Caving is the exploration of natural underground spaces. It is an adventure sport with inherent risks; many caves are cold or wet or muddy, or all three.
If you don't mind all that it is also a chance to explore a unique world very different from the surface. Even in Ireland it is possible to go where few or even no people have been before. Technically potholes are caves that include vertical drops and therefore require the use of ropes and or ladders but most people use either word for the same activity.
The Speleological Union of Ireland is the national organizing body for caving throughout Ireland. Membership is open to anyone interested in caving, for a small fee.
The Speleological Union of Ireland receive a grant from the Irish Sports Council which is used to provide a number of services for cavers such as training, newsletters and magazines, an annual symposium, insurance, expedition grants, library and cave access agreements.
Speleology is the scientific study of caves, trying to understand why they have different shapes, why caves are found in some places but not in others.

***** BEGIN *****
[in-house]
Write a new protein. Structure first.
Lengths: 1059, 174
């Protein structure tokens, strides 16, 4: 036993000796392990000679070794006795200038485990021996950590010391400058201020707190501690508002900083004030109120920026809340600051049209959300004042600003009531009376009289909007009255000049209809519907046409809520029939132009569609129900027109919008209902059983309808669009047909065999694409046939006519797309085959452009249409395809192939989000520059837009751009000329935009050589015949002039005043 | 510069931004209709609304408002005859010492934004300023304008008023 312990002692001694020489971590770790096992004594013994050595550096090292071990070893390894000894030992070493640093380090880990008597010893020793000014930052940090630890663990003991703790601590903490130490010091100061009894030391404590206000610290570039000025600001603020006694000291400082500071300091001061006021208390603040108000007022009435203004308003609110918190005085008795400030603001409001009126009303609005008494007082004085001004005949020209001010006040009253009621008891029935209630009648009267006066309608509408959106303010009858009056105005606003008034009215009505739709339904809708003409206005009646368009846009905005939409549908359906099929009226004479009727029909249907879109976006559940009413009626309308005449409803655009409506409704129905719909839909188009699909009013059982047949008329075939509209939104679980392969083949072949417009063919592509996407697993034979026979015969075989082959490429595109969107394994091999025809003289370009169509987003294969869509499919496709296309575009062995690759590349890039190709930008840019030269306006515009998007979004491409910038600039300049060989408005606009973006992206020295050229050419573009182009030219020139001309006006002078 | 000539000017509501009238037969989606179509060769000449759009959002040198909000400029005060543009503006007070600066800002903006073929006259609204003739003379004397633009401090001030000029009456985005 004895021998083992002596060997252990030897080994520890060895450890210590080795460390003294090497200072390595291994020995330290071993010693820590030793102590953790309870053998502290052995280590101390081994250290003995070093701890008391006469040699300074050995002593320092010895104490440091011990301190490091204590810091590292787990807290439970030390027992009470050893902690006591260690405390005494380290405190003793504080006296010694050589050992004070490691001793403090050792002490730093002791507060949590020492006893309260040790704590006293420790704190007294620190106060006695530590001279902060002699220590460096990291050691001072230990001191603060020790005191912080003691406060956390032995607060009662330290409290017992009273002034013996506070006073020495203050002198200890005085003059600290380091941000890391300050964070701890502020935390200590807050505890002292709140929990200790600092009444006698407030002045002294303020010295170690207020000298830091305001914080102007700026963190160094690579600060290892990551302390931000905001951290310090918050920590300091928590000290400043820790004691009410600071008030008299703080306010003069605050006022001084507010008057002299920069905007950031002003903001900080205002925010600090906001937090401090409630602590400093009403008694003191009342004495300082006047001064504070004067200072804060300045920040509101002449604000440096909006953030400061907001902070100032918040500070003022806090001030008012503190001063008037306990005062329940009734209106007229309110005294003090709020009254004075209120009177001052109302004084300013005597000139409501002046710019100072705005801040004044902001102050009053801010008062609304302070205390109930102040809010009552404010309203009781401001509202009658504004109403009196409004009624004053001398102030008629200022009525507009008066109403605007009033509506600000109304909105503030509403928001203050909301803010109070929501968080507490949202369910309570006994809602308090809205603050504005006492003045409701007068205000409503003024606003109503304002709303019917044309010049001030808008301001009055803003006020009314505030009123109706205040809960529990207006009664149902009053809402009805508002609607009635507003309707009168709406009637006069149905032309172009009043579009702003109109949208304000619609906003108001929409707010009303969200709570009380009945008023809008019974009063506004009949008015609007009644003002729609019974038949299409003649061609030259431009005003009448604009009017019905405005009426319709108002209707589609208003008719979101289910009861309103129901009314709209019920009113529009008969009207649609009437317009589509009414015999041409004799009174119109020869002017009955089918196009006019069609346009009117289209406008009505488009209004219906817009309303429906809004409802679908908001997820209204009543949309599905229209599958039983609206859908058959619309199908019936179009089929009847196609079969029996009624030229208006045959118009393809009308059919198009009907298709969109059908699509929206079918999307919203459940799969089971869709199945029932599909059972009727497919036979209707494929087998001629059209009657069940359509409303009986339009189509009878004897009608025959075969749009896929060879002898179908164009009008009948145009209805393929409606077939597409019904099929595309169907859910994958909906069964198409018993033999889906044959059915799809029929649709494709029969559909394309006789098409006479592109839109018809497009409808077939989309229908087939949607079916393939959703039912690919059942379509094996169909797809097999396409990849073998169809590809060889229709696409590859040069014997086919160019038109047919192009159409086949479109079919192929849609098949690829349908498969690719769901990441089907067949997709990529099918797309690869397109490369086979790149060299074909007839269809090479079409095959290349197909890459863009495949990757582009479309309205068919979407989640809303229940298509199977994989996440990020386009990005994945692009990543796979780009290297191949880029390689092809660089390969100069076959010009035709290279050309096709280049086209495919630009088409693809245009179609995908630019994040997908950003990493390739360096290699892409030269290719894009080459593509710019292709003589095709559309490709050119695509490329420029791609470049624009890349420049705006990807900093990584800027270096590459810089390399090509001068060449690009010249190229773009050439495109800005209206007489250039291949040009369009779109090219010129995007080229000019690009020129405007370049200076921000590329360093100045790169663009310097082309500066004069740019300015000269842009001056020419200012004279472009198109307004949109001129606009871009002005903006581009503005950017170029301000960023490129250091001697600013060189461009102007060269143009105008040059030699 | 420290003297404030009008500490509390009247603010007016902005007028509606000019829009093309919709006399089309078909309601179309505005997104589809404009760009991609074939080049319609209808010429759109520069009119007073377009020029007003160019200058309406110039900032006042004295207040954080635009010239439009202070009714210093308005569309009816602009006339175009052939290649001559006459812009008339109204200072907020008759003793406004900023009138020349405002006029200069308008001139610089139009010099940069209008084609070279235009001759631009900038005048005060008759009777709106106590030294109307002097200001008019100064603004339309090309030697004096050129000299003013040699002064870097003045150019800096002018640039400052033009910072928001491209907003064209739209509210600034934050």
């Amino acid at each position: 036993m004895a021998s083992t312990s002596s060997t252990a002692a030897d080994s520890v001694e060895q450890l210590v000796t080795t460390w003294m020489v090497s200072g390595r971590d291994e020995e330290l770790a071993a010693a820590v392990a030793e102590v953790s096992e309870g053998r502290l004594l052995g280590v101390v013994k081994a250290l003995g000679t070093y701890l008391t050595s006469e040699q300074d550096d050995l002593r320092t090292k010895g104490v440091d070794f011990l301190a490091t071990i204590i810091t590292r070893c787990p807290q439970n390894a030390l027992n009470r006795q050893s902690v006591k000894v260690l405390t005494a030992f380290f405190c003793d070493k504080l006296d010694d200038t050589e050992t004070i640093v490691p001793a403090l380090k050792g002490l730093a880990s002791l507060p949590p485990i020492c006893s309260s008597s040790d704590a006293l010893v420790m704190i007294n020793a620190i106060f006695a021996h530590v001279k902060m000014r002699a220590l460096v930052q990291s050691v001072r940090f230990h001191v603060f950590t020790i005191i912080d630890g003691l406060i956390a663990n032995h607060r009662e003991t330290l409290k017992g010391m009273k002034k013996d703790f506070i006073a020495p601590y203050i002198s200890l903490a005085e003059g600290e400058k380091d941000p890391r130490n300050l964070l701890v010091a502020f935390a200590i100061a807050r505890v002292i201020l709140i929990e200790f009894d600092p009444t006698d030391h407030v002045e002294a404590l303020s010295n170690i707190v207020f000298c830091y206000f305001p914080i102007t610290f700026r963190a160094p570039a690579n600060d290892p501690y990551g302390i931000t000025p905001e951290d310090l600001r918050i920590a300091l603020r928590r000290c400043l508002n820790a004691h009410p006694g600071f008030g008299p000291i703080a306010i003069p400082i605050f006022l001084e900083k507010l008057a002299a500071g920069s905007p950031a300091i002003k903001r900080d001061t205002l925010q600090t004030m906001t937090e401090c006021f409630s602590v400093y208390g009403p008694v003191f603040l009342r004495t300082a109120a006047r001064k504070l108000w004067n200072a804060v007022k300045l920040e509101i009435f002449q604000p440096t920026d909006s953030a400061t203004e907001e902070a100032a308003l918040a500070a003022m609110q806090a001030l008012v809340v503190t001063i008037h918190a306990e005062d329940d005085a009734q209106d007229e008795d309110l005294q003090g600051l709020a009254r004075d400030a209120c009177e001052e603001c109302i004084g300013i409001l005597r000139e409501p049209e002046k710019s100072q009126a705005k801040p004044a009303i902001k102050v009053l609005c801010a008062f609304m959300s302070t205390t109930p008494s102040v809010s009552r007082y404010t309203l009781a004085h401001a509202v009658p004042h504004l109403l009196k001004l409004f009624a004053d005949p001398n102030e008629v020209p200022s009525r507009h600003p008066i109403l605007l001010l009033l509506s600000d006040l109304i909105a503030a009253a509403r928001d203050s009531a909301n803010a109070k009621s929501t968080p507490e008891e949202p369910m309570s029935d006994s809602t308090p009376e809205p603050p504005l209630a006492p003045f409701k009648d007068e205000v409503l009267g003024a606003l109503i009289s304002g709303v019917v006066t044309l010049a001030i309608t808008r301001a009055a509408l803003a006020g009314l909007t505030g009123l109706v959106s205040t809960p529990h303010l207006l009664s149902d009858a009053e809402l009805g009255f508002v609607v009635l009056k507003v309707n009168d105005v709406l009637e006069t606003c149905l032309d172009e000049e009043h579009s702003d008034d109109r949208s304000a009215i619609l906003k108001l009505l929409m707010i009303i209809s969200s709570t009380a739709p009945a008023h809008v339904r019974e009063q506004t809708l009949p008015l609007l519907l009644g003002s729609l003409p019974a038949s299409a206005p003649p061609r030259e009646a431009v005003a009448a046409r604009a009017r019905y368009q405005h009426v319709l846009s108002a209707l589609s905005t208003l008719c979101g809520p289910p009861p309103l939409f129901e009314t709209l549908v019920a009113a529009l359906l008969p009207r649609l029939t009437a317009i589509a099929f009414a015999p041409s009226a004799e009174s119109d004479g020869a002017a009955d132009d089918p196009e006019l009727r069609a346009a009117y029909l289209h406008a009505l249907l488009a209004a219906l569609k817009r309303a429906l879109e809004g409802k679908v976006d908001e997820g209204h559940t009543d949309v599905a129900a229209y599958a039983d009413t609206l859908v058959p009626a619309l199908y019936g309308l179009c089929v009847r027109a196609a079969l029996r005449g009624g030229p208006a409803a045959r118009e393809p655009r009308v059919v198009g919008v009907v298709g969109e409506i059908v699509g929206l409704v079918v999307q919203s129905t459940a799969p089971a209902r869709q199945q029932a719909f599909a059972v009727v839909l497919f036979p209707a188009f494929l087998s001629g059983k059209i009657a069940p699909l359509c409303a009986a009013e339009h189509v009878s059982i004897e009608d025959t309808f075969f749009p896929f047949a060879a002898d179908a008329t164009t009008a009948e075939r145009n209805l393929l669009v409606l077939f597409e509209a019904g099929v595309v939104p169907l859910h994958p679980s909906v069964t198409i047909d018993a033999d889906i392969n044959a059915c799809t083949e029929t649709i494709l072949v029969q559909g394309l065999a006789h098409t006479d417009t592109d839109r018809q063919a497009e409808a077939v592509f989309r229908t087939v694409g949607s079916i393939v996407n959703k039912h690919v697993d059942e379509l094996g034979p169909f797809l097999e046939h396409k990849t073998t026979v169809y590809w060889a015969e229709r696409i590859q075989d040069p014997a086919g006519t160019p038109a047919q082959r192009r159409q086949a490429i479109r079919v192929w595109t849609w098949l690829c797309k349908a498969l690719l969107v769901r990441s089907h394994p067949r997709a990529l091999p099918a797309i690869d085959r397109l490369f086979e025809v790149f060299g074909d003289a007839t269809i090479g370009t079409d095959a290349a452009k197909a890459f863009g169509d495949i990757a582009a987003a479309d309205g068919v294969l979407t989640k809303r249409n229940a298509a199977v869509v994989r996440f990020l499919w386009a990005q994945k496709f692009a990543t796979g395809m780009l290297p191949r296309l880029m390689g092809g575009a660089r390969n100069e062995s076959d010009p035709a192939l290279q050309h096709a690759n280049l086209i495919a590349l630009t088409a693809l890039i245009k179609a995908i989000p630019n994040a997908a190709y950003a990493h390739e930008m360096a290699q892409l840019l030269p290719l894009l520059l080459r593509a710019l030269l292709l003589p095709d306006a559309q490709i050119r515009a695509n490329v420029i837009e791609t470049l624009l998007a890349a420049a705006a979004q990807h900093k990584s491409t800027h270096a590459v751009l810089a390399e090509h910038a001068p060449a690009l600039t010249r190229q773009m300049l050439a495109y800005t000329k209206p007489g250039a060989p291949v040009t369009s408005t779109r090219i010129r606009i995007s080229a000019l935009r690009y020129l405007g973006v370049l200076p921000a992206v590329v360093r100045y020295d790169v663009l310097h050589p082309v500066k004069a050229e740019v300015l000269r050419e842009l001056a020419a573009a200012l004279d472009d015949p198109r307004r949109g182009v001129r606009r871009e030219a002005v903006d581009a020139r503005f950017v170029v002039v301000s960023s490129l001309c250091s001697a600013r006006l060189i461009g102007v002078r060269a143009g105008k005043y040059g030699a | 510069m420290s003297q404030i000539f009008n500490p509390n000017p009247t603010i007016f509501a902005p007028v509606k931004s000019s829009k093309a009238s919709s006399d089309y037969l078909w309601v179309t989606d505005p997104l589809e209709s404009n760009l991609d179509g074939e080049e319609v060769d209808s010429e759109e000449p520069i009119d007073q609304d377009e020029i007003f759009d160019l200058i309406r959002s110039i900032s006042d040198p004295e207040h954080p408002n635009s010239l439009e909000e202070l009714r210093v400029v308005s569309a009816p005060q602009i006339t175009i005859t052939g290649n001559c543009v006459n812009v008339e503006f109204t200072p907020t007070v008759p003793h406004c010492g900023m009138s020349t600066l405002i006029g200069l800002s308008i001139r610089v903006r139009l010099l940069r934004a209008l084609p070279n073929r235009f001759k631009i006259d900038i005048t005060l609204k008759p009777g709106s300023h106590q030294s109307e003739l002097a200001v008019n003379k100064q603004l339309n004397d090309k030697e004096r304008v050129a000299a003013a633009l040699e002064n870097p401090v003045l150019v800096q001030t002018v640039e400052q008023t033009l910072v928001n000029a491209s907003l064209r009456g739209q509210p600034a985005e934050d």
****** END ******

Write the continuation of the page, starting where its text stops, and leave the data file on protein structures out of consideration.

Some caves are high and narrow, some are round in shape while others are square. Speleology studies the formation of caves and involves studying the minerals and life forms found in caves. It includes aspects of geology, geography, chemistry and biology.
ICRO stands for the Irish Cave Rescue Organisation. It is made up entirely of volunteers who may be called upon by the police services throughout Ireland to assist in cave rescue.
Any caver with a reasonable amount of experience would be expected to join the general call out list once they have comprehensive insurance. ICRO also has a Core Team made up of cavers who have trained in special rescue techniques and who regularly update their skills.